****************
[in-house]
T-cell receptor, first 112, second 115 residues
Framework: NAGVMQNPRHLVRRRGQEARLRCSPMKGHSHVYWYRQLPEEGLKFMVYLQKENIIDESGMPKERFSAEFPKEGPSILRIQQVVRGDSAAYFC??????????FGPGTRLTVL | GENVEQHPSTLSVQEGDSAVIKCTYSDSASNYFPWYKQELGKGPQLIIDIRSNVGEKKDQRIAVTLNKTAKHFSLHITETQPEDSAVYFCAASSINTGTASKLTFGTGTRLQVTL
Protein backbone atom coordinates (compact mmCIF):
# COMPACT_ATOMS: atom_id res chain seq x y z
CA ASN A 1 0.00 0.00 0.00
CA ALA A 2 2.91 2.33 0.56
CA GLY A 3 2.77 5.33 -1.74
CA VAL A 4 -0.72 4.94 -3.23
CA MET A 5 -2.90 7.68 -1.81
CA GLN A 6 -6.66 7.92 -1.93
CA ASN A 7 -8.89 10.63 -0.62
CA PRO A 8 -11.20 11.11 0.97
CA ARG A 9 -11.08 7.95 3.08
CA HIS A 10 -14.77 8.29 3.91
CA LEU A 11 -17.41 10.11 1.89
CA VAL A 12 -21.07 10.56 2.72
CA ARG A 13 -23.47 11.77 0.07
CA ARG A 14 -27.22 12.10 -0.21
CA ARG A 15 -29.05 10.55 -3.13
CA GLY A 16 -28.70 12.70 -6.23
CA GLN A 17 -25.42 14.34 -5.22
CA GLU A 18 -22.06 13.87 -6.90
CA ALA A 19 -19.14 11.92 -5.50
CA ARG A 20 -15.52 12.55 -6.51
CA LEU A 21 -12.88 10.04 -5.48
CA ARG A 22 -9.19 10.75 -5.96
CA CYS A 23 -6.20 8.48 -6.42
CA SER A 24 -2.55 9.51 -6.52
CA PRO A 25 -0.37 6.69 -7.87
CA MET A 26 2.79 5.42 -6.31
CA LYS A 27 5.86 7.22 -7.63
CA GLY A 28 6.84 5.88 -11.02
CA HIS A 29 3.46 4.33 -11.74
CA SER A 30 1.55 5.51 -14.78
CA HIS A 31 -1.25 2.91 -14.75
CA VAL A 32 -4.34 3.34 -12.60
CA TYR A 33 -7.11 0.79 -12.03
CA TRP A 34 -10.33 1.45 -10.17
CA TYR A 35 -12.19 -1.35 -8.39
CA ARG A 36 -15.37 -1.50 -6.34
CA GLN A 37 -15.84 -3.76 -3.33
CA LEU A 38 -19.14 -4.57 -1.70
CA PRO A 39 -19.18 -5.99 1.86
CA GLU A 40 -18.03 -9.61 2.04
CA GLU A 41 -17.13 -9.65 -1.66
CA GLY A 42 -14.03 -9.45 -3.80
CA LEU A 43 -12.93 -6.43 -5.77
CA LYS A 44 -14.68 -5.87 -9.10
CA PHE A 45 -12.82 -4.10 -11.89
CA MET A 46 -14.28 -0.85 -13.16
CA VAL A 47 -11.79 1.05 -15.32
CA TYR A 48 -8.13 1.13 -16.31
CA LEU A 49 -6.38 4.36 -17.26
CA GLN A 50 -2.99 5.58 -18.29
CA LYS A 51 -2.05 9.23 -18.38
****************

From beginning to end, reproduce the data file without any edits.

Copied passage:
[in-house]
T-cell receptor, first 112, second 115 residues
Framework: NAGVMQNPRHLVRRRGQEARLRCSPMKGHSHVYWYRQLPEEGLKFMVYLQKENIIDESGMPKERFSAEFPKEGPSILRIQQVVRGDSAAYFC??????????FGPGTRLTVL | GENVEQHPSTLSVQEGDSAVIKCTYSDSASNYFPWYKQELGKGPQLIIDIRSNVGEKKDQRIAVTLNKTAKHFSLHITETQPEDSAVYFCAASSINTGTASKLTFGTGTRLQVTL
Protein backbone atom coordinates (compact mmCIF):
# COMPACT_ATOMS: atom_id res chain seq x y z
CA ASN A 1 0.00 0.00 0.00
CA ALA A 2 2.91 2.33 0.56
CA GLY A 3 2.77 5.33 -1.74
CA VAL A 4 -0.72 4.94 -3.23
CA MET A 5 -2.90 7.68 -1.81
CA GLN A 6 -6.66 7.92 -1.93
CA ASN A 7 -8.89 10.63 -0.62
CA PRO A 8 -11.20 11.11 0.97
CA ARG A 9 -11.08 7.95 3.08
CA HIS A 10 -14.77 8.29 3.91
CA LEU A 11 -17.41 10.11 1.89
CA VAL A 12 -21.07 10.56 2.72
CA ARG A 13 -23.47 11.77 0.07
CA ARG A 14 -27.22 12.10 -0.21
CA ARG A 15 -29.05 10.55 -3.13
CA GLY A 16 -28.70 12.70 -6.23
CA GLN A 17 -25.42 14.34 -5.22
CA GLU A 18 -22.06 13.87 -6.90
CA ALA A 19 -19.14 11.92 -5.50
CA ARG A 20 -15.52 12.55 -6.51
CA LEU A 21 -12.88 10.04 -5.48
CA ARG A 22 -9.19 10.75 -5.96
CA CYS A 23 -6.20 8.48 -6.42
CA SER A 24 -2.55 9.51 -6.52
CA PRO A 25 -0.37 6.69 -7.87
CA MET A 26 2.79 5.42 -6.31
CA LYS A 27 5.86 7.22 -7.63
CA GLY A 28 6.84 5.88 -11.02
CA HIS A 29 3.46 4.33 -11.74
CA SER A 30 1.55 5.51 -14.78
CA HIS A 31 -1.25 2.91 -14.75
CA VAL A 32 -4.34 3.34 -12.60
CA TYR A 33 -7.11 0.79 -12.03
CA TRP A 34 -10.33 1.45 -10.17
CA TYR A 35 -12.19 -1.35 -8.39
CA ARG A 36 -15.37 -1.50 -6.34
CA GLN A 37 -15.84 -3.76 -3.33
CA LEU A 38 -19.14 -4.57 -1.70
CA PRO A 39 -19.18 -5.99 1.86
CA GLU A 40 -18.03 -9.61 2.04
CA GLU A 41 -17.13 -9.65 -1.66
CA GLY A 42 -14.03 -9.45 -3.80
CA LEU A 43 -12.93 -6.43 -5.77
CA LYS A 44 -14.68 -5.87 -9.10
CA PHE A 45 -12.82 -4.10 -11.89
CA MET A 46 -14.28 -0.85 -13.16
CA VAL A 47 -11.79 1.05 -15.32
CA TYR A 48 -8.13 1.13 -16.31
CA LEU A 49 -6.38 4.36 -17.26
CA GLN A 50 -2.99 5.58 -18.29
CA LYS A 51 -2.05 9.23 -18.38